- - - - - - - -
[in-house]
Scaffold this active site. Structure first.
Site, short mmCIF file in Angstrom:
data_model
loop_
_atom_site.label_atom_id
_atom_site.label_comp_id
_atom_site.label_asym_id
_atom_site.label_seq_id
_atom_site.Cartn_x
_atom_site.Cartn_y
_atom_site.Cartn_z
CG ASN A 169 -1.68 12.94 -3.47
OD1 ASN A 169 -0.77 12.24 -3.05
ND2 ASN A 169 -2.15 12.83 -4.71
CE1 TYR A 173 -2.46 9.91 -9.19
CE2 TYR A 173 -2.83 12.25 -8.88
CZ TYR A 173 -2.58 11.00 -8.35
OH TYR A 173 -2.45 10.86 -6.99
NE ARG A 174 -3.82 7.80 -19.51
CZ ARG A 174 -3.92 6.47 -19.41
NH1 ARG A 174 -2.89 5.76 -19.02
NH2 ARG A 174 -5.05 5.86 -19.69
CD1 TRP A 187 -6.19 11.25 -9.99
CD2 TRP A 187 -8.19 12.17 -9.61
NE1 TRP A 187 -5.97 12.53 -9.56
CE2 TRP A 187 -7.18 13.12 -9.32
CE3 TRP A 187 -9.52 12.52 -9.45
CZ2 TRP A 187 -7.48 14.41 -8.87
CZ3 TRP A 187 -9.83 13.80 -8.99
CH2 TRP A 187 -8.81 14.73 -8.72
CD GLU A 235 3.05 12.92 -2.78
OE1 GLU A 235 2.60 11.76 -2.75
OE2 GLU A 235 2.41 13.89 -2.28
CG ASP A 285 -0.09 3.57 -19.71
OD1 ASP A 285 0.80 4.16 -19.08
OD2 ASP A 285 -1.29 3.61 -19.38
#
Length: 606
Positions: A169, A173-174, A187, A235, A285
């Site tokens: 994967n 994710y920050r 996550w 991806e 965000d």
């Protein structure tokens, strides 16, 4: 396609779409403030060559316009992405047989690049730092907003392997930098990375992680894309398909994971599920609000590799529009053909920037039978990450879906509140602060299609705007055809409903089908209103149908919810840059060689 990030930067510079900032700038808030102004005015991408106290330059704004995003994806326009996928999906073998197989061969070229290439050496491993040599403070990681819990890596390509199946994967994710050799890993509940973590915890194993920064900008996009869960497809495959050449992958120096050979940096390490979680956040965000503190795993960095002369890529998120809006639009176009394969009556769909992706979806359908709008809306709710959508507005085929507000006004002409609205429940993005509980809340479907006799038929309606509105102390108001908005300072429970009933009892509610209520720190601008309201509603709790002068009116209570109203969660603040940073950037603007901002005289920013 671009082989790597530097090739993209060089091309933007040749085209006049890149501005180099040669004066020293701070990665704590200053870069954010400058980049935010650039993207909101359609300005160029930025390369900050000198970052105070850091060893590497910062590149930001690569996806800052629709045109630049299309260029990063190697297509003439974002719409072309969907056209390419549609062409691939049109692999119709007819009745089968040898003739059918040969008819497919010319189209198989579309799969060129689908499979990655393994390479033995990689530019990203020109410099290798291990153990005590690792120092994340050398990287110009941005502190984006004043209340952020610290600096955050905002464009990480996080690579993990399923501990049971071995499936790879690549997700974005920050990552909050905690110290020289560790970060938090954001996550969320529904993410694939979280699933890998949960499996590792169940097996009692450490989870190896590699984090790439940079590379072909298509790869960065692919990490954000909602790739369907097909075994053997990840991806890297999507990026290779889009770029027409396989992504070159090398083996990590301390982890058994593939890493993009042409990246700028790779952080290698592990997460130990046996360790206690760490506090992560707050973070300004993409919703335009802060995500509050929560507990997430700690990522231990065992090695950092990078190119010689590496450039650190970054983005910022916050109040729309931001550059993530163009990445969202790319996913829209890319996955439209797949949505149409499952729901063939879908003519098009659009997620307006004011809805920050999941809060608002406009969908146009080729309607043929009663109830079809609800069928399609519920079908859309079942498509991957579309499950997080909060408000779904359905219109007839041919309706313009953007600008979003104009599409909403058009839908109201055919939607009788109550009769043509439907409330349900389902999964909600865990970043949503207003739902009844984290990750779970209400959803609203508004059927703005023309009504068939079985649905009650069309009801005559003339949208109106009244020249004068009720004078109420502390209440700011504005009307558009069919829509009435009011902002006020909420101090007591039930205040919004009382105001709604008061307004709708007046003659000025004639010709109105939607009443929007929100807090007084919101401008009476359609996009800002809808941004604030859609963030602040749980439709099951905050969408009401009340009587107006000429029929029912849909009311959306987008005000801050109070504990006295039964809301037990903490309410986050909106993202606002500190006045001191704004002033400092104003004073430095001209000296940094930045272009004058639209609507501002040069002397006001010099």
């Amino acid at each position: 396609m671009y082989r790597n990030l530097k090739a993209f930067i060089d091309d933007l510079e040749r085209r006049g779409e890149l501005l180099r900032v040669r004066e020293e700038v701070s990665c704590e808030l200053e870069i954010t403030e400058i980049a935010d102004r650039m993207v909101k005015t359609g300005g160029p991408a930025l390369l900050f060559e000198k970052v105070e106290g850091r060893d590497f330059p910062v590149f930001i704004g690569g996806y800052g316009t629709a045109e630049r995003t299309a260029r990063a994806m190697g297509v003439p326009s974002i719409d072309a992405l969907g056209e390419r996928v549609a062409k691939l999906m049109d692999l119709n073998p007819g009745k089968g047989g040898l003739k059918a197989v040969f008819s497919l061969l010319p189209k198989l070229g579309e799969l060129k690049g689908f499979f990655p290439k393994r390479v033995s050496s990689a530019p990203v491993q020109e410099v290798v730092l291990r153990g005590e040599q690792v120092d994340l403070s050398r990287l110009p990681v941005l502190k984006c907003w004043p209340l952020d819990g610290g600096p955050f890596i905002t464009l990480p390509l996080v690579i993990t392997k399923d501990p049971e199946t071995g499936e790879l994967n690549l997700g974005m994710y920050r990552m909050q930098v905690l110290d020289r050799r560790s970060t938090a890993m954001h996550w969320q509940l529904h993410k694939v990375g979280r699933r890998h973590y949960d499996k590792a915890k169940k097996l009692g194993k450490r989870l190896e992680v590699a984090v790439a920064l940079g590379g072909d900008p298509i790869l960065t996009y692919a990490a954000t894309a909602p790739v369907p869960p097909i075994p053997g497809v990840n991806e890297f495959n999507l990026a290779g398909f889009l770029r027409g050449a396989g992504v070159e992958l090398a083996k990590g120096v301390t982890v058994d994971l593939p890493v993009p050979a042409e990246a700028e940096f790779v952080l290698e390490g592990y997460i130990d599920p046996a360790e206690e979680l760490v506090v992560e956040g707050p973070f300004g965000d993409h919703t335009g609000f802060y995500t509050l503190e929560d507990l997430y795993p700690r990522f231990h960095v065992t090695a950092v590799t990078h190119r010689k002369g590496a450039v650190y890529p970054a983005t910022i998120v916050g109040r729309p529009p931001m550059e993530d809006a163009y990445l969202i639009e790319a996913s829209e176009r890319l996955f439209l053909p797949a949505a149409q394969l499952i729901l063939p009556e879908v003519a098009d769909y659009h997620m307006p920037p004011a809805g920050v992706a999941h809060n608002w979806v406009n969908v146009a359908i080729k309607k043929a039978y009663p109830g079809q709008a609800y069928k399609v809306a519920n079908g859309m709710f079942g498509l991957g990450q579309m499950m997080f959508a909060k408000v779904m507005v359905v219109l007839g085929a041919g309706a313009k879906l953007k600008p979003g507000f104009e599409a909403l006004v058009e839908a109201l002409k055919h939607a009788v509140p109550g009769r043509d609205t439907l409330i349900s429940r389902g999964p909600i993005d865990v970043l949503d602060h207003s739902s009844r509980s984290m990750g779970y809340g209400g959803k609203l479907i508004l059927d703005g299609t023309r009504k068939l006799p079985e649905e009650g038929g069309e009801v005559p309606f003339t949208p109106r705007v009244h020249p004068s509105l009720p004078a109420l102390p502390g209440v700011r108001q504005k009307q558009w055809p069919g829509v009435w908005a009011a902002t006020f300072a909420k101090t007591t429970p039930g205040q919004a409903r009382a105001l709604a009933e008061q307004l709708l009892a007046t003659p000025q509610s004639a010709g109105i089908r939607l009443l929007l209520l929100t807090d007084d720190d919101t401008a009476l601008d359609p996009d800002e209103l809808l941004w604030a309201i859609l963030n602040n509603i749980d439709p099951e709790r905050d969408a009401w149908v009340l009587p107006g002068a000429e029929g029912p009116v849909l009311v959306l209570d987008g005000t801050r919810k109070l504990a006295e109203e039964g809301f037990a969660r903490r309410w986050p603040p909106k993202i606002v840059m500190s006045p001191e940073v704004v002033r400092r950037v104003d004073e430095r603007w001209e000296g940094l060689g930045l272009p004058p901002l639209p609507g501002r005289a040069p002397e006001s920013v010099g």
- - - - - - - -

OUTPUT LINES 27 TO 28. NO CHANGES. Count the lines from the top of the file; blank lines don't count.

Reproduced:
CE2 TRP A 187 -7.18 13.12 -9.32
CE3 TRP A 187 -9.52 12.52 -9.45